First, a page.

Photo: VAMP, Sangli
For many feminists, sex work - or prostitution as they would prefer to call it - symbolises oppression, victimisation and the exploitation of womanhood. These feminists look at the provision of sexual services through the framework of a rigid understanding of patriarchy, viewing it as objectifying women’s bodies, and as the commercialisation of sex. Hence, for feminists, prostitutes are victims of unequal power relations between the sexes. No ‘real’ woman would agree to do sex work, because if she does she is living under the illusion of ‘false consciousness’.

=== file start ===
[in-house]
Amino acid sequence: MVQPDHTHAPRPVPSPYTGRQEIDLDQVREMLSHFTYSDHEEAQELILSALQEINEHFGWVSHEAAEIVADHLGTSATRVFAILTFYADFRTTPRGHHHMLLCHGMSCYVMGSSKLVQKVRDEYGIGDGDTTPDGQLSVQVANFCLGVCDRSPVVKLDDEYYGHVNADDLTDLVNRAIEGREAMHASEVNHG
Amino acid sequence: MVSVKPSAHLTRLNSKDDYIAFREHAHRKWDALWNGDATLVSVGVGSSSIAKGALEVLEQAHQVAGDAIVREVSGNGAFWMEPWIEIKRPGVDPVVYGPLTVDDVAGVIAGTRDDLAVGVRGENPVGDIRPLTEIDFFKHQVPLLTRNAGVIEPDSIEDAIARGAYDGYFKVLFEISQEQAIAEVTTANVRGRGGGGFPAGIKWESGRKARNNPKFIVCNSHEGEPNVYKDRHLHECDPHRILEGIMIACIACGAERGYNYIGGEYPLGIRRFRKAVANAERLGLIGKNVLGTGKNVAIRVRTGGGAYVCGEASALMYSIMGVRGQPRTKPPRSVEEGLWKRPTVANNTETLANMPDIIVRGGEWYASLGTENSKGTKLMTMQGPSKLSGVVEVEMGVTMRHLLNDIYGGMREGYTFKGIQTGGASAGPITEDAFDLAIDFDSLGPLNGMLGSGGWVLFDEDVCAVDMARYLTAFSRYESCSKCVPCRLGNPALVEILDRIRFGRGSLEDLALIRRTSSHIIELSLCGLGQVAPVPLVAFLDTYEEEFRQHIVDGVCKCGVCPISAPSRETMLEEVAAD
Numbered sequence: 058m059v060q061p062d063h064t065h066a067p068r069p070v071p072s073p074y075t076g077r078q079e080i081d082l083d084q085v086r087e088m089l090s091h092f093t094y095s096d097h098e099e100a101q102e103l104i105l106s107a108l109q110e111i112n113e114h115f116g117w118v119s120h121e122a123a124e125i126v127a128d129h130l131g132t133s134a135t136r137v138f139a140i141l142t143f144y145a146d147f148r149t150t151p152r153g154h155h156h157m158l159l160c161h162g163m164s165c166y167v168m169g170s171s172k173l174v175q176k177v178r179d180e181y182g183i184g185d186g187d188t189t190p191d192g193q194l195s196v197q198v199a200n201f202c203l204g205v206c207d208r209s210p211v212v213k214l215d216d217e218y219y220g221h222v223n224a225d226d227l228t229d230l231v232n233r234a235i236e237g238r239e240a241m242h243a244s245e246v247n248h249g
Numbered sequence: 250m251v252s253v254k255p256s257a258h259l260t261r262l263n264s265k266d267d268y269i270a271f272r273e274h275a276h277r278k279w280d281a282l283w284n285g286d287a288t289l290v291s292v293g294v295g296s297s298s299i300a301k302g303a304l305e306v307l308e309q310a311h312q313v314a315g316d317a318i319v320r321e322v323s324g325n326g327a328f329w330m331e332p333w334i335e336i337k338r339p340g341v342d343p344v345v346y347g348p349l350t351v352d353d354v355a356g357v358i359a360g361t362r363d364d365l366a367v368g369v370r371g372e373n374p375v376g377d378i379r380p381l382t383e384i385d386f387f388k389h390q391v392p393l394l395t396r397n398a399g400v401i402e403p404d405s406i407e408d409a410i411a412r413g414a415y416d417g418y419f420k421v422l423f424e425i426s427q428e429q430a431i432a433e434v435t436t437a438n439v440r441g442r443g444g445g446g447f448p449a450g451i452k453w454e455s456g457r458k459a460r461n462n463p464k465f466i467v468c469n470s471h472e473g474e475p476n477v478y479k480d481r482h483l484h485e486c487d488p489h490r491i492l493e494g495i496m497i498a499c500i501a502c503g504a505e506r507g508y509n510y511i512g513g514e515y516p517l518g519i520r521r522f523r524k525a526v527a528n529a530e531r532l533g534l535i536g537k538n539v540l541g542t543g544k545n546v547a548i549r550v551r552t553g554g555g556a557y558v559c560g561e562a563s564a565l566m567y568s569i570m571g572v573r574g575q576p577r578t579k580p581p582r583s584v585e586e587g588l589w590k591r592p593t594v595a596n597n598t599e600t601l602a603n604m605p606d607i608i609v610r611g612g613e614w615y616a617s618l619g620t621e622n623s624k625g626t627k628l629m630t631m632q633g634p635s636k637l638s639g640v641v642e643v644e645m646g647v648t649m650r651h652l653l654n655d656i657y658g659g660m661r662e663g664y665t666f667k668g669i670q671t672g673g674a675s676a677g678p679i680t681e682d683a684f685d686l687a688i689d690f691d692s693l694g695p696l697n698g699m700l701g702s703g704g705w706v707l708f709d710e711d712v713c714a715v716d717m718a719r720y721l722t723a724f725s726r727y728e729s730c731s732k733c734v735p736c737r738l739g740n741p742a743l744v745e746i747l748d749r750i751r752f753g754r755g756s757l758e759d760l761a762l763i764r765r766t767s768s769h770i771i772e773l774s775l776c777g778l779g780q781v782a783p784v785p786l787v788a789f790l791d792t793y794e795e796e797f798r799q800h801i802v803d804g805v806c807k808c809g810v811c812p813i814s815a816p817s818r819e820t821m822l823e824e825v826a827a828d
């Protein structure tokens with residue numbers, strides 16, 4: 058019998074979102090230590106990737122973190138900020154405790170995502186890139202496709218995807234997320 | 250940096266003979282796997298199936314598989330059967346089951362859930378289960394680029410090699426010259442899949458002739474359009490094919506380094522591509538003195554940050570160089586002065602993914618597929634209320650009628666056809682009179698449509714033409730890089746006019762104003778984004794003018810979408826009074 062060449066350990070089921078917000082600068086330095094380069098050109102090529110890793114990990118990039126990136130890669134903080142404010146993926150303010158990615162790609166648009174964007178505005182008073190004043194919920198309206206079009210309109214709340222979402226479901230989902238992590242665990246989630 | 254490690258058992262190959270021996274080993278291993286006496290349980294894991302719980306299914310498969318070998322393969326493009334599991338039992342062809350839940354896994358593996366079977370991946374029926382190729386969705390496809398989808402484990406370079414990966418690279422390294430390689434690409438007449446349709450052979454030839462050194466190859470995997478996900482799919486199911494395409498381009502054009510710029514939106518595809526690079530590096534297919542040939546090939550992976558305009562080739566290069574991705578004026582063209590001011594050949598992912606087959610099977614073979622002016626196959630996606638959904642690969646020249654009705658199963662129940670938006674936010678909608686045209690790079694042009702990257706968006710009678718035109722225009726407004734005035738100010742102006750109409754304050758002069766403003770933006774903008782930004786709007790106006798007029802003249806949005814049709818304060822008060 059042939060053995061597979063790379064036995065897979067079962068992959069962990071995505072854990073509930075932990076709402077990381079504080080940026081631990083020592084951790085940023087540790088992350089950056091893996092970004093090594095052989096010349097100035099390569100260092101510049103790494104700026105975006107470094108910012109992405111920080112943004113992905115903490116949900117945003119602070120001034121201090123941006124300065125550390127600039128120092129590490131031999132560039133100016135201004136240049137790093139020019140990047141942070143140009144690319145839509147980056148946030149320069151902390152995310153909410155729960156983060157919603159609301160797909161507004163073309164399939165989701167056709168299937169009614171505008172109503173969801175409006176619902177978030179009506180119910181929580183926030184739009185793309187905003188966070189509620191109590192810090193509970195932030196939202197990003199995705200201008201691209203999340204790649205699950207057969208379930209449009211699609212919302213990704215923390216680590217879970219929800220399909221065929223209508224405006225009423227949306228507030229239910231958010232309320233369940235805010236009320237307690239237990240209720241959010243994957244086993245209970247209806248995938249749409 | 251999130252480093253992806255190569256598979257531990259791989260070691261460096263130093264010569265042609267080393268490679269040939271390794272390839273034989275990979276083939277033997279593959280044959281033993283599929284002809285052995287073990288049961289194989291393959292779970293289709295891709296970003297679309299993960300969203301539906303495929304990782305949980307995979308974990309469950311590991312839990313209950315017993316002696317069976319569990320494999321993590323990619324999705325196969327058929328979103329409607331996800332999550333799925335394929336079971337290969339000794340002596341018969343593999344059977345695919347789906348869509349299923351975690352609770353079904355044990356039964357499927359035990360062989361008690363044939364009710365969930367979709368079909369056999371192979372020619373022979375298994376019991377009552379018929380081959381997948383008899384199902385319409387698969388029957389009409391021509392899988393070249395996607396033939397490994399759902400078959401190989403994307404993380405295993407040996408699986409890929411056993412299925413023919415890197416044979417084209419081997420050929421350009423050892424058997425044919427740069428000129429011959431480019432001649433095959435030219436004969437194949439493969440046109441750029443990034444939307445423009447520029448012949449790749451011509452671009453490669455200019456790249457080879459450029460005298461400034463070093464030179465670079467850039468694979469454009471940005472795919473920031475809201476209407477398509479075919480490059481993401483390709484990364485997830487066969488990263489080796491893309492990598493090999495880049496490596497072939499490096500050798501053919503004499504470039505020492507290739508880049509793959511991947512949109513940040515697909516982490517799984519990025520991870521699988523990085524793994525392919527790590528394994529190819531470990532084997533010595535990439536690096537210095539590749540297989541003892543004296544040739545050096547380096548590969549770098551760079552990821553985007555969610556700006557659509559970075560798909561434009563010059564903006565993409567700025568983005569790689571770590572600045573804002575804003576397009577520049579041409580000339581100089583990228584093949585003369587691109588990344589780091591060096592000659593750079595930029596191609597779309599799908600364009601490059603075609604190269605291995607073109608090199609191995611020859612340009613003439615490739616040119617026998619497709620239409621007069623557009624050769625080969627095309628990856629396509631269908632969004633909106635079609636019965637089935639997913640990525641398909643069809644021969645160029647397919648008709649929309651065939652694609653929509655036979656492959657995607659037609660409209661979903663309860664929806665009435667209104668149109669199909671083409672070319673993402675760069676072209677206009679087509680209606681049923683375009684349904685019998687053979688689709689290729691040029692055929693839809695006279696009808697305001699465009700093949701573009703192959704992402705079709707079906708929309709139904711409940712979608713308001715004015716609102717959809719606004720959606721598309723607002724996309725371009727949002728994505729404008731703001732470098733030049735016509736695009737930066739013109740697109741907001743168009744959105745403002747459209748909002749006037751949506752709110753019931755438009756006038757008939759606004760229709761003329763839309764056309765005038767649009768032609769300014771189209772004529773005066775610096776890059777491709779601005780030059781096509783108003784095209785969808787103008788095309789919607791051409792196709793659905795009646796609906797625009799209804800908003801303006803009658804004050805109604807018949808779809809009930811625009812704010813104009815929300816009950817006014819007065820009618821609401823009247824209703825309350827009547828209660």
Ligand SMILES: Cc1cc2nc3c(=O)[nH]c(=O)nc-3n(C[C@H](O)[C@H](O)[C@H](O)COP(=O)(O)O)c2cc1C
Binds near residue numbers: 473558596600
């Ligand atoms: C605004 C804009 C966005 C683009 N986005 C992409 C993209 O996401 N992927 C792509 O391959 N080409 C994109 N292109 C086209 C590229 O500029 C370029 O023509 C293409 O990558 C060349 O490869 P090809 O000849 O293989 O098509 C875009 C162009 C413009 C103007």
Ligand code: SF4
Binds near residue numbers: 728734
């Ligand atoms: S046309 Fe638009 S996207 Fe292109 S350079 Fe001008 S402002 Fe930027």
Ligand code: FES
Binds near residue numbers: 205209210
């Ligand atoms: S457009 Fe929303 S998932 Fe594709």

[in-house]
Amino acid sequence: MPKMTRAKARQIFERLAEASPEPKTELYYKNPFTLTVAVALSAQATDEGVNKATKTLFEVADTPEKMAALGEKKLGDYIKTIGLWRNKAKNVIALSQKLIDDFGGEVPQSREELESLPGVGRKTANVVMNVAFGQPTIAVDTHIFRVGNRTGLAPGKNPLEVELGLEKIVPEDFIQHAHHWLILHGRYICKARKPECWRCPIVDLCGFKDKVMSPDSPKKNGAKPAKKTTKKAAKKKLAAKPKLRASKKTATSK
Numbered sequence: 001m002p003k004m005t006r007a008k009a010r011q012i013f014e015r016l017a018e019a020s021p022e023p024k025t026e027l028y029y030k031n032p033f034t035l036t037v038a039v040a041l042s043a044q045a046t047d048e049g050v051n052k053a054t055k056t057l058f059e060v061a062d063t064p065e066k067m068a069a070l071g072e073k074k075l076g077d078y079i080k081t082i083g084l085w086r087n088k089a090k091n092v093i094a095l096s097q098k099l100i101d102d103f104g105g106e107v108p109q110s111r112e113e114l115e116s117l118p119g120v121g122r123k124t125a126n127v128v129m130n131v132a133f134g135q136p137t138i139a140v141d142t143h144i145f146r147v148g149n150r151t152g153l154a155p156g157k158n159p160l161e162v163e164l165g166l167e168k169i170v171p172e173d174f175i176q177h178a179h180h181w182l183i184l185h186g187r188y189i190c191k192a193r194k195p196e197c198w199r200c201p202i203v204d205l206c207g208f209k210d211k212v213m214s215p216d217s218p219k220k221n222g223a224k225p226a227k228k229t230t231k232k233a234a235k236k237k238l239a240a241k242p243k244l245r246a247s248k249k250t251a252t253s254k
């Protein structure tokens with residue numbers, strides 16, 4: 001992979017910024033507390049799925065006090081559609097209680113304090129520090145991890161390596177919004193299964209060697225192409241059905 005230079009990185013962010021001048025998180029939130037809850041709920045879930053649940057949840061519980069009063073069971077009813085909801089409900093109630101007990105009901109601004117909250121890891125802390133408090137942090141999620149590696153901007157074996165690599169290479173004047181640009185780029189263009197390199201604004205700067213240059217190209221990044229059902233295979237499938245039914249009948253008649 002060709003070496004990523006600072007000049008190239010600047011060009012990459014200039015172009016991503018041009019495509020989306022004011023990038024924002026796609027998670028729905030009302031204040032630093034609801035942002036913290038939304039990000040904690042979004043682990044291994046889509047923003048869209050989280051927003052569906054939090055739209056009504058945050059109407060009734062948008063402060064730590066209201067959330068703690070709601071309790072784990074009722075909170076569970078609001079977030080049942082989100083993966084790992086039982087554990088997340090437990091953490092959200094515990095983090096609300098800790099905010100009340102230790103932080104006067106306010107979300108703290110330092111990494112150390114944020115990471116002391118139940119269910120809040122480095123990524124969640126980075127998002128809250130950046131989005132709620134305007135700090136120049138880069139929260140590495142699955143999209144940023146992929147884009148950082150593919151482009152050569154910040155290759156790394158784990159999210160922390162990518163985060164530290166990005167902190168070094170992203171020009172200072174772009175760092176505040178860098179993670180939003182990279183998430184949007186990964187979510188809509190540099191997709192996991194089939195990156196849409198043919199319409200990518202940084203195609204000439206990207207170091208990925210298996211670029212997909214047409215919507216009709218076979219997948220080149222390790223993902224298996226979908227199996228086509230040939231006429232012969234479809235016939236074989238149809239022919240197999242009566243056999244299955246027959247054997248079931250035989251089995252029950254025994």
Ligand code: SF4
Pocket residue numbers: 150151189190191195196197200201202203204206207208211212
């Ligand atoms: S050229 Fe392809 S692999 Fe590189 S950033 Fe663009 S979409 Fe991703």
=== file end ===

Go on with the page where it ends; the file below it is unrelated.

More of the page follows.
Feminists are not thick-skinned for nothing. They have decades of experience deflecting accusations of being exclusionary, reactionary, hyperactive, overzealous, ugly, man-haters, family-breakers and so on. So criticism in recent years from many quarters that they haven’t taken up certain issues enough (education, sex work, abortion, economic rights) is par for the course.
Agreeing with Meena Seshu’s ideas, I’d like to reflect on a related issue: how is it that the (feminist) notion about sex work as symbolizing the exploitation of womanhood, and the conflation between sex work and sex trafficking has spread globally?
Sex workers are not all victims. Stories from China demonstrate this. Pink Space is a NGO based in China working on sexual rights with people who are oppressed due to their gender or sexuality. At one of the Pink Space meetings, I heard Jin’s story.